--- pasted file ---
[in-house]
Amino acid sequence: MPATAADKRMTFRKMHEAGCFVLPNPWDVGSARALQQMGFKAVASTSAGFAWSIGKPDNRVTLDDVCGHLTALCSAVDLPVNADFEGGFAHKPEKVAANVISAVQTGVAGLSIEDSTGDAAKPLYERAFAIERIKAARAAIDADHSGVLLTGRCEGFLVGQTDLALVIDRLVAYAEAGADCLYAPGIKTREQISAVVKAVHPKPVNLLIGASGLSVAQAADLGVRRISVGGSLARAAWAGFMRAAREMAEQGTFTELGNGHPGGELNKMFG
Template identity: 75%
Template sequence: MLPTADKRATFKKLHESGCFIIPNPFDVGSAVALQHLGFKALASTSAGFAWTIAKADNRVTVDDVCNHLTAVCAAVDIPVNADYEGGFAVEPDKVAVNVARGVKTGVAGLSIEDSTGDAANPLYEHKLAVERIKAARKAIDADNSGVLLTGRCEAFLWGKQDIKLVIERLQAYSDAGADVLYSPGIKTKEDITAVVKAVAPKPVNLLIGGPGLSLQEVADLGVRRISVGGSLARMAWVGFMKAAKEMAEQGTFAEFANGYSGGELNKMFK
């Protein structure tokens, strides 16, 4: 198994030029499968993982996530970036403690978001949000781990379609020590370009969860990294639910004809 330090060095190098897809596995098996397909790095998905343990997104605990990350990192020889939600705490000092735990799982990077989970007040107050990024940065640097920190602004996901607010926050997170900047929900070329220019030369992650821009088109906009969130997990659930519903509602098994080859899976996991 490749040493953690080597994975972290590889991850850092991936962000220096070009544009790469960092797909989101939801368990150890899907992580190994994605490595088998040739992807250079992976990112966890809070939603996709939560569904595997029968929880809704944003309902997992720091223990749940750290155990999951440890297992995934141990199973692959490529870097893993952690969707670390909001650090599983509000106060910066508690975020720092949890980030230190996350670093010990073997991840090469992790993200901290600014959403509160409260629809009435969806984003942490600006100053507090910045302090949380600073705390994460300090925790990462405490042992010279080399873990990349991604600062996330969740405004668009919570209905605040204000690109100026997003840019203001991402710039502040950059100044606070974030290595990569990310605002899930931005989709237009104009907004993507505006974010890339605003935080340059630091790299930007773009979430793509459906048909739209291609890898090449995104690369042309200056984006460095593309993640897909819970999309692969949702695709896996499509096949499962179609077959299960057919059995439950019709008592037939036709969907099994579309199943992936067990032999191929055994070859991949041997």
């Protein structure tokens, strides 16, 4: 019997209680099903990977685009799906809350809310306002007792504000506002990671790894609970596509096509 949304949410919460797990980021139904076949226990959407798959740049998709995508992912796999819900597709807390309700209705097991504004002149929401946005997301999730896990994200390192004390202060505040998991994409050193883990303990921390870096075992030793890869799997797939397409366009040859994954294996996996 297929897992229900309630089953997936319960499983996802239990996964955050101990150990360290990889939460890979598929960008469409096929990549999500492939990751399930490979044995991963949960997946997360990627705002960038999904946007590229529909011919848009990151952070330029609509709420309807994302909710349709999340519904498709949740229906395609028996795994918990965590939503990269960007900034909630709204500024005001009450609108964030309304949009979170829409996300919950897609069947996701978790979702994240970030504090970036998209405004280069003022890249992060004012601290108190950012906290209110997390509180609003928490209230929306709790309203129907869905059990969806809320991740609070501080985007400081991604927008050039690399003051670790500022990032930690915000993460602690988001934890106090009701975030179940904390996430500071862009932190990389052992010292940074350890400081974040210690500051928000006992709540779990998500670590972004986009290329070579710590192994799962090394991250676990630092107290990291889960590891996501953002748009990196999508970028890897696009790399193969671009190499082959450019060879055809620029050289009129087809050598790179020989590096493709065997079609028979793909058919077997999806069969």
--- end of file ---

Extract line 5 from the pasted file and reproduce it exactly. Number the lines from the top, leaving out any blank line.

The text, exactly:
């Protein structure tokens, strides 16, 4: 198994030029499968993982996530970036403690978001949000781990379609020590370009969860990294639910004809 330090060095190098897809596995098996397909790095998905343990997104605990990350990192020889939600705490000092735990799982990077989970007040107050990024940065640097920190602004996901607010926050997170900047929900070329220019030369992650821009088109906009969130997990659930519903509602098994080859899976996991 490749040493953690080597994975972290590889991850850092991936962000220096070009544009790469960092797909989101939801368990150890899907992580190994994605490595088998040739992807250079992976990112966890809070939603996709939560569904595997029968929880809704944003309902997992720091223990749940750290155990999951440890297992995934141990199973692959490529870097893993952690969707670390909001650090599983509000106060910066508690975020720092949890980030230190996350670093010990073997991840090469992790993200901290600014959403509160409260629809009435969806984003942490600006100053507090910045302090949380600073705390994460300090925790990462405490042992010279080399873990990349991604600062996330969740405004668009919570209905605040204000690109100026997003840019203001991402710039502040950059100044606070974030290595990569990310605002899930931005989709237009104009907004993507505006974010890339605003935080340059630091790299930007773009979430793509459906048909739209291609890898090449995104690369042309200056984006460095593309993640897909819970999309692969949702695709896996499509096949499962179609077959299960057919059995439950019709008592037939036709969907099994579309199943992936067990032999191929055994070859991949041997």